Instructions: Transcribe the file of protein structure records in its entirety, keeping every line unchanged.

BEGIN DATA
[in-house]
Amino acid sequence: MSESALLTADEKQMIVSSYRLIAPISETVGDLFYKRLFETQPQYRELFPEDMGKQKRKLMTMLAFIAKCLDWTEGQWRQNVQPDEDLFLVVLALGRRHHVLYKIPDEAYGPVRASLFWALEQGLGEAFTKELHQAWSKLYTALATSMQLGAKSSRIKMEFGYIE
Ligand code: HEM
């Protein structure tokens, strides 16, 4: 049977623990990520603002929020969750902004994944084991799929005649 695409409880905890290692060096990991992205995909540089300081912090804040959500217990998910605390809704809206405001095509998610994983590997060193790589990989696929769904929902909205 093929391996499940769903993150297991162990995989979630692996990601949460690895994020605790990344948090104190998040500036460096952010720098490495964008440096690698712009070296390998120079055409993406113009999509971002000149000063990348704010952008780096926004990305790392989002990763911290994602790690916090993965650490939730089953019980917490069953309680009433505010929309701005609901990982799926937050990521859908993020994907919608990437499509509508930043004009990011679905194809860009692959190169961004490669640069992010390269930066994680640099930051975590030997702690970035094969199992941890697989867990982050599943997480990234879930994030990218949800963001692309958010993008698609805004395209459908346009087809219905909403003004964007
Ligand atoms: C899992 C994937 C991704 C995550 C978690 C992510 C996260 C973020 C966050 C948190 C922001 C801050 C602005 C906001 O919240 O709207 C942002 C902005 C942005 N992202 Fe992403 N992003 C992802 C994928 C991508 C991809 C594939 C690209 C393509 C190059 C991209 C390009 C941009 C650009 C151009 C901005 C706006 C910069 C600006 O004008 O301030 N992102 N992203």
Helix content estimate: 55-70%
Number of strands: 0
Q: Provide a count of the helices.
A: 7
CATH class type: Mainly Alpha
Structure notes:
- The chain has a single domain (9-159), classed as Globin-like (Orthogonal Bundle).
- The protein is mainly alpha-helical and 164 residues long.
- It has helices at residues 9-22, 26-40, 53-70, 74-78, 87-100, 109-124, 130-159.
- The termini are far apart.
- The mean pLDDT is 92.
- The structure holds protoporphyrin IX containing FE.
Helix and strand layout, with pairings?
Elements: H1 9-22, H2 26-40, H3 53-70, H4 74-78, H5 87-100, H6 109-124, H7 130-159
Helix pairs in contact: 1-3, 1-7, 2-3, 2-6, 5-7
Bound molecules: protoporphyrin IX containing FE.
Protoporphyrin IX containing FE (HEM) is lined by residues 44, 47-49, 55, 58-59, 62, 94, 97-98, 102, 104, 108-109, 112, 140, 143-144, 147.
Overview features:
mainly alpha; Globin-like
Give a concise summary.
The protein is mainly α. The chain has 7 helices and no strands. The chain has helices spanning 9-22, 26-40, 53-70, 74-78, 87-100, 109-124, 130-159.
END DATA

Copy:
[in-house]
Amino acid sequence: MSESALLTADEKQMIVSSYRLIAPISETVGDLFYKRLFETQPQYRELFPEDMGKQKRKLMTMLAFIAKCLDWTEGQWRQNVQPDEDLFLVVLALGRRHHVLYKIPDEAYGPVRASLFWALEQGLGEAFTKELHQAWSKLYTALATSMQLGAKSSRIKMEFGYIE
Ligand code: HEM
């Protein structure tokens, strides 16, 4: 049977623990990520603002929020969750902004994944084991799929005649 695409409880905890290692060096990991992205995909540089300081912090804040959500217990998910605390809704809206405001095509998610994983590997060193790589990989696929769904929902909205 093929391996499940769903993150297991162990995989979630692996990601949460690895994020605790990344948090104190998040500036460096952010720098490495964008440096690698712009070296390998120079055409993406113009999509971002000149000063990348704010952008780096926004990305790392989002990763911290994602790690916090993965650490939730089953019980917490069953309680009433505010929309701005609901990982799926937050990521859908993020994907919608990437499509509508930043004009990011679905194809860009692959190169961004490669640069992010390269930066994680640099930051975590030997702690970035094969199992941890697989867990982050599943997480990234879930994030990218949800963001692309958010993008698609805004395209459908346009087809219905909403003004964007
Ligand atoms: C899992 C994937 C991704 C995550 C978690 C992510 C996260 C973020 C966050 C948190 C922001 C801050 C602005 C906001 O919240 O709207 C942002 C902005 C942005 N992202 Fe992403 N992003 C992802 C994928 C991508 C991809 C594939 C690209 C393509 C190059 C991209 C390009 C941009 C650009 C151009 C901005 C706006 C910069 C600006 O004008 O301030 N992102 N992203």
Helix content estimate: 55-70%
Number of strands: 0
Q: Provide a count of the helices.
A: 7
CATH class type: Mainly Alpha
Structure notes:
- The chain has a single domain (9-159), classed as Globin-like (Orthogonal Bundle).
- The protein is mainly alpha-helical and 164 residues long.
- It has helices at residues 9-22, 26-40, 53-70, 74-78, 87-100, 109-124, 130-159.
- The termini are far apart.
- The mean pLDDT is 92.
- The structure holds protoporphyrin IX containing FE.
Helix and strand layout, with pairings?
Elements: H1 9-22, H2 26-40, H3 53-70, H4 74-78, H5 87-100, H6 109-124, H7 130-159
Helix pairs in contact: 1-3, 1-7, 2-3, 2-6, 5-7
Bound molecules: protoporphyrin IX containing FE.
Protoporphyrin IX containing FE (HEM) is lined by residues 44, 47-49, 55, 58-59, 62, 94, 97-98, 102, 104, 108-109, 112, 140, 143-144, 147.
Overview features:
mainly alpha; Globin-like
Give a concise summary.
The protein is mainly α. The chain has 7 helices and no strands. The chain has helices spanning 9-22, 26-40, 53-70, 74-78, 87-100, 109-124, 130-159.